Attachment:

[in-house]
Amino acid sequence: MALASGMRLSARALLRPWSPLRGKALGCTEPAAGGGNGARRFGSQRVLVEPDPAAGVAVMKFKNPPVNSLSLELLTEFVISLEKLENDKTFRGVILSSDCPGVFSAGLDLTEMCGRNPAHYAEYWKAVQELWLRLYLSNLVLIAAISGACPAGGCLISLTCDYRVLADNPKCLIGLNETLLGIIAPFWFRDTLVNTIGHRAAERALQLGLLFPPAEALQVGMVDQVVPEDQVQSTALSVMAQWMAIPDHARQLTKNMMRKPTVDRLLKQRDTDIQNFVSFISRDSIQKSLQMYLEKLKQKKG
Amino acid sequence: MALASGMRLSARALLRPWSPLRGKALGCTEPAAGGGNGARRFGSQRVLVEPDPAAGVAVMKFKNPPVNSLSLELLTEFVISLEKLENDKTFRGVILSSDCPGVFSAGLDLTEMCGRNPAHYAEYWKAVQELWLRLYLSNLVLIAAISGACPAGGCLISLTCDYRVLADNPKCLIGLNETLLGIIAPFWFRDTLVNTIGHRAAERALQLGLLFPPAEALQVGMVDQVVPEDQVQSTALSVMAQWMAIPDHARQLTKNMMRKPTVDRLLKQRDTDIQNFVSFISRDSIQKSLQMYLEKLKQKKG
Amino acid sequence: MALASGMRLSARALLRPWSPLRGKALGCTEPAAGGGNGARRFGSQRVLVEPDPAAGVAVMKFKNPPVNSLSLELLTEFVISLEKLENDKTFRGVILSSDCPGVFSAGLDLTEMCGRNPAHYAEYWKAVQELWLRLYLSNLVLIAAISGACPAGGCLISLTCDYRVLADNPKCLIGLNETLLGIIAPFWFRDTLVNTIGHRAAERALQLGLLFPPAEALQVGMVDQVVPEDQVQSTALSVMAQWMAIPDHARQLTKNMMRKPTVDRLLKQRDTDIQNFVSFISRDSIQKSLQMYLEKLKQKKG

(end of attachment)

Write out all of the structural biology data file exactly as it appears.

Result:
[in-house]
Amino acid sequence: MALASGMRLSARALLRPWSPLRGKALGCTEPAAGGGNGARRFGSQRVLVEPDPAAGVAVMKFKNPPVNSLSLELLTEFVISLEKLENDKTFRGVILSSDCPGVFSAGLDLTEMCGRNPAHYAEYWKAVQELWLRLYLSNLVLIAAISGACPAGGCLISLTCDYRVLADNPKCLIGLNETLLGIIAPFWFRDTLVNTIGHRAAERALQLGLLFPPAEALQVGMVDQVVPEDQVQSTALSVMAQWMAIPDHARQLTKNMMRKPTVDRLLKQRDTDIQNFVSFISRDSIQKSLQMYLEKLKQKKG
Amino acid sequence: MALASGMRLSARALLRPWSPLRGKALGCTEPAAGGGNGARRFGSQRVLVEPDPAAGVAVMKFKNPPVNSLSLELLTEFVISLEKLENDKTFRGVILSSDCPGVFSAGLDLTEMCGRNPAHYAEYWKAVQELWLRLYLSNLVLIAAISGACPAGGCLISLTCDYRVLADNPKCLIGLNETLLGIIAPFWFRDTLVNTIGHRAAERALQLGLLFPPAEALQVGMVDQVVPEDQVQSTALSVMAQWMAIPDHARQLTKNMMRKPTVDRLLKQRDTDIQNFVSFISRDSIQKSLQMYLEKLKQKKG
Amino acid sequence: MALASGMRLSARALLRPWSPLRGKALGCTEPAAGGGNGARRFGSQRVLVEPDPAAGVAVMKFKNPPVNSLSLELLTEFVISLEKLENDKTFRGVILSSDCPGVFSAGLDLTEMCGRNPAHYAEYWKAVQELWLRLYLSNLVLIAAISGACPAGGCLISLTCDYRVLADNPKCLIGLNETLLGIIAPFWFRDTLVNTIGHRAAERALQLGLLFPPAEALQVGMVDQVVPEDQVQSTALSVMAQWMAIPDHARQLTKNMMRKPTVDRLLKQRDTDIQNFVSFISRDSIQKSLQMYLEKLKQKKG